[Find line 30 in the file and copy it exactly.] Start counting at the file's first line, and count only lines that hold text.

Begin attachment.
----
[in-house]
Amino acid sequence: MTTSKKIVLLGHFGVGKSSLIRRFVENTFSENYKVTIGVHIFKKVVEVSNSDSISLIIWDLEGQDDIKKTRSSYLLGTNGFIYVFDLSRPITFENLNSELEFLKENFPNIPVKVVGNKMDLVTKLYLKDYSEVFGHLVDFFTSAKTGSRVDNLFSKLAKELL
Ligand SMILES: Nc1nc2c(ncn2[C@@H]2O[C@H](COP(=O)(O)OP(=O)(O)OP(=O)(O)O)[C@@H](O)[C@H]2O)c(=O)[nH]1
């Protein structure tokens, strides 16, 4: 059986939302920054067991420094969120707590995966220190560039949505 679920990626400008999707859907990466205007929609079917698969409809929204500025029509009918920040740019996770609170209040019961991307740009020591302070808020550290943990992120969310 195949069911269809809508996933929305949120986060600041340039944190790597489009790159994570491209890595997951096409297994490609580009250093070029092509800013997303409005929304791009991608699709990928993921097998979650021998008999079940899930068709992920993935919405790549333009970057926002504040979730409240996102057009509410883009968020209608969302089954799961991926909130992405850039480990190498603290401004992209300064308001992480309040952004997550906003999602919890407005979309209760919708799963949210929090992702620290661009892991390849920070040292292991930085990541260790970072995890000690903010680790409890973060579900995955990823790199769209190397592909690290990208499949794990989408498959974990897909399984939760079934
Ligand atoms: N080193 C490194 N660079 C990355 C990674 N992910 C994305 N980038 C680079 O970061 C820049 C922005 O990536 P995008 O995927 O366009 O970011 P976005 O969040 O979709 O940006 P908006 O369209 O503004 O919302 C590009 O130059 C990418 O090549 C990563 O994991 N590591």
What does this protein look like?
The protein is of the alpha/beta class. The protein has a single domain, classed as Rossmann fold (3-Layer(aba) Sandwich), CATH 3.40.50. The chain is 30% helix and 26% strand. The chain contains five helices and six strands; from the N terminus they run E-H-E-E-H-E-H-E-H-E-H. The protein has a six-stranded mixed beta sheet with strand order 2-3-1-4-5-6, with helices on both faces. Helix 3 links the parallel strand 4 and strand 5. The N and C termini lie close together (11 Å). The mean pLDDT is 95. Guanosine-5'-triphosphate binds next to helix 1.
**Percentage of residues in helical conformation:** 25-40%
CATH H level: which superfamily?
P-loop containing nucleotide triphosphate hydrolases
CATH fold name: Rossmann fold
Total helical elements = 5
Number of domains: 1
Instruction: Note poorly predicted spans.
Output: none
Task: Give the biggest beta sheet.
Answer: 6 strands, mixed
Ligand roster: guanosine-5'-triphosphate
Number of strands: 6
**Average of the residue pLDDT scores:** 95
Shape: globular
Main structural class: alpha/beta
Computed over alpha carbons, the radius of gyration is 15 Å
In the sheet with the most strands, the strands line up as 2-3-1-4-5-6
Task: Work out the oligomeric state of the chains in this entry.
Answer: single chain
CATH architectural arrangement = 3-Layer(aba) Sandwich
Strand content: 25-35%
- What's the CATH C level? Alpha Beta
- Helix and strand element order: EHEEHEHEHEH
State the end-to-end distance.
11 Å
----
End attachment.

- Helix and strand element order: EHEEHEHEHEH